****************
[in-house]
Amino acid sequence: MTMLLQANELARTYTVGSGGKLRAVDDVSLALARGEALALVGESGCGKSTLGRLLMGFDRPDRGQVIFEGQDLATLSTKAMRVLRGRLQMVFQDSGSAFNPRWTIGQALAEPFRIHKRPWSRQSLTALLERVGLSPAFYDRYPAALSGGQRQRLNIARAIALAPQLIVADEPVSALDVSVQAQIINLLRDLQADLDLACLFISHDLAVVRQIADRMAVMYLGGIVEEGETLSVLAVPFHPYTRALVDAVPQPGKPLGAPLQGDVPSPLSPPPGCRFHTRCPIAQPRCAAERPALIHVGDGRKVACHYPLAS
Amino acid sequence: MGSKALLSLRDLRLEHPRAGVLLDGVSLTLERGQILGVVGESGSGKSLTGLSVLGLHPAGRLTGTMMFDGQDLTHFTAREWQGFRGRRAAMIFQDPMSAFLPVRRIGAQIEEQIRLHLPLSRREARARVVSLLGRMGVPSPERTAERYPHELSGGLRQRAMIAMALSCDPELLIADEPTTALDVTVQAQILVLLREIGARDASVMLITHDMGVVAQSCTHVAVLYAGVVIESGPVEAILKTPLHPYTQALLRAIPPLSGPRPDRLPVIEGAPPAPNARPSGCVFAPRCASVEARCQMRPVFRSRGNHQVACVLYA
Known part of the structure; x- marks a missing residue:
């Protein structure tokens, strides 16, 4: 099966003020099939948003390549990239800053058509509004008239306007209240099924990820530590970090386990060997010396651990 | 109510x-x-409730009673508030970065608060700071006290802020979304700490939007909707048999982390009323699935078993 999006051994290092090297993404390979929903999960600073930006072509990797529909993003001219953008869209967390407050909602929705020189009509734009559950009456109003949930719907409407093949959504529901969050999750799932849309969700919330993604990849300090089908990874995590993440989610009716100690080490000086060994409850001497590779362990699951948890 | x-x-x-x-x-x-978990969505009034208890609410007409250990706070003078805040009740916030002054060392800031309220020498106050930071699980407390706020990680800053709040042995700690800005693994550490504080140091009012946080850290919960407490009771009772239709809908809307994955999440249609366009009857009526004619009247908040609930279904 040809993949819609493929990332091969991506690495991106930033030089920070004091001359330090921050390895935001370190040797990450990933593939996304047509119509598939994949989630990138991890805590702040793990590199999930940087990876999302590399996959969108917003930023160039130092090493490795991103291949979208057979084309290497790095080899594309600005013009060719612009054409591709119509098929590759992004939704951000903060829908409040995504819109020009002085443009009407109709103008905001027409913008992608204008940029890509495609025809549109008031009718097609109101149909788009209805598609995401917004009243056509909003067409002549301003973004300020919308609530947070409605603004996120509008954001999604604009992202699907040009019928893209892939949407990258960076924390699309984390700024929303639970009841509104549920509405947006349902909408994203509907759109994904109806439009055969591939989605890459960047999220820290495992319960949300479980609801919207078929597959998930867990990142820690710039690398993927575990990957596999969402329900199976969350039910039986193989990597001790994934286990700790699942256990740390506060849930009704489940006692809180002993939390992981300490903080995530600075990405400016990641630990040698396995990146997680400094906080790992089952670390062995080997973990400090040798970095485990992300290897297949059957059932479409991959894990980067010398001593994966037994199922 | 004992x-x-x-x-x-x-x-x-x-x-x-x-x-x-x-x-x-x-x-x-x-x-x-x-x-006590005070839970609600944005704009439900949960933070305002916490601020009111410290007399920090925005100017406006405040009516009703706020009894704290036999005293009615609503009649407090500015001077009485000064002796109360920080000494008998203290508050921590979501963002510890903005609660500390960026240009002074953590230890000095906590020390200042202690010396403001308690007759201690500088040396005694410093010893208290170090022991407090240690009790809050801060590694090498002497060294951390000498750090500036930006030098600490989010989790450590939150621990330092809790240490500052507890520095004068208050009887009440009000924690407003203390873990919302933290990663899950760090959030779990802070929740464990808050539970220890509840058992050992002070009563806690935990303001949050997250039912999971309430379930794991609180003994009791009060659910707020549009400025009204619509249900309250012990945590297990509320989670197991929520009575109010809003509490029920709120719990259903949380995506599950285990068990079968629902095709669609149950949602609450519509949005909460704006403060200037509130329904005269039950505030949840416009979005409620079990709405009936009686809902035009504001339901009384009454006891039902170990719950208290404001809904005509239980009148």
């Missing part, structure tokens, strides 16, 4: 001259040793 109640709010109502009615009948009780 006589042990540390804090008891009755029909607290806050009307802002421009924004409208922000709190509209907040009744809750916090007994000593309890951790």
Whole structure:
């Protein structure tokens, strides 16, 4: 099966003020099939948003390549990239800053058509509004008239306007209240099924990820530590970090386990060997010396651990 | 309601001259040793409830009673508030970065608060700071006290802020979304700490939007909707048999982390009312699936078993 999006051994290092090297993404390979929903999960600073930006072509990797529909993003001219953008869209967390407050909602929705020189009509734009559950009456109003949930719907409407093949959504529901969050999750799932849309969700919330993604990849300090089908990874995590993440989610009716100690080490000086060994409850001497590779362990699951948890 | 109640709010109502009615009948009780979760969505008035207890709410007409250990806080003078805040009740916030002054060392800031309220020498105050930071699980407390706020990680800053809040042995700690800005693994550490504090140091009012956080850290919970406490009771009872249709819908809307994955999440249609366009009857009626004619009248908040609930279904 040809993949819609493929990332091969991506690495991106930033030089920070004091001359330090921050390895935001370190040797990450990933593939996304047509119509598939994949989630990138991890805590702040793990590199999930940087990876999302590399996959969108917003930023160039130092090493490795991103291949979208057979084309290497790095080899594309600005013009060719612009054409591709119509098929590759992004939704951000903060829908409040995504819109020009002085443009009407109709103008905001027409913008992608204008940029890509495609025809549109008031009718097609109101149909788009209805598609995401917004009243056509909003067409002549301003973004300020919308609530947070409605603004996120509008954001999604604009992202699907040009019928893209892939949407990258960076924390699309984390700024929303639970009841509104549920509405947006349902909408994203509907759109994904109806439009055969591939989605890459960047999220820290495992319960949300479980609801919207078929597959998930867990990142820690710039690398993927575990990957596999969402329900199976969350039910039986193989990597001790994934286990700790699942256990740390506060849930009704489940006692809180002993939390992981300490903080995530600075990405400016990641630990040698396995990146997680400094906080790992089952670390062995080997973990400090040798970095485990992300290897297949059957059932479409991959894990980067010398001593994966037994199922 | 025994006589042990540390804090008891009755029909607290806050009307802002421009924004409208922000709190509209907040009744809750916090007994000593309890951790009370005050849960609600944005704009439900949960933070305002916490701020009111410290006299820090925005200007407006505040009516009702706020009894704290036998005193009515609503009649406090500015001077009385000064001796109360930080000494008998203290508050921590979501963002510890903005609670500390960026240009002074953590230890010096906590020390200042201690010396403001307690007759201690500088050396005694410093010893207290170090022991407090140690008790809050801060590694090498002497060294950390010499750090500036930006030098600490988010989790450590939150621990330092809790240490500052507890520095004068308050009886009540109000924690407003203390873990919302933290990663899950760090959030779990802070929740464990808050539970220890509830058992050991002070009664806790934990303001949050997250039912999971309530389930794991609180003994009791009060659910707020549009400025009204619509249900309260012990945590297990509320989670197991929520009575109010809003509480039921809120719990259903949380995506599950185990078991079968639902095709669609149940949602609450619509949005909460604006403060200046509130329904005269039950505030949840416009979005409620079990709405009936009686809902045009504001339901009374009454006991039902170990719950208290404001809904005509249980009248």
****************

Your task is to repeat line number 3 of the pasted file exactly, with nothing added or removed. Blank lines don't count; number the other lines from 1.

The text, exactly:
Amino acid sequence: MGSKALLSLRDLRLEHPRAGVLLDGVSLTLERGQILGVVGESGSGKSLTGLSVLGLHPAGRLTGTMMFDGQDLTHFTAREWQGFRGRRAAMIFQDPMSAFLPVRRIGAQIEEQIRLHLPLSRREARARVVSLLGRMGVPSPERTAERYPHELSGGLRQRAMIAMALSCDPELLIADEPTTALDVTVQAQILVLLREIGARDASVMLITHDMGVVAQSCTHVAVLYAGVVIESGPVEAILKTPLHPYTQALLRAIPPLSGPRPDRLPVIEGAPPAPNARPSGCVFAPRCASVEARCQMRPVFRSRGNHQVACVLYA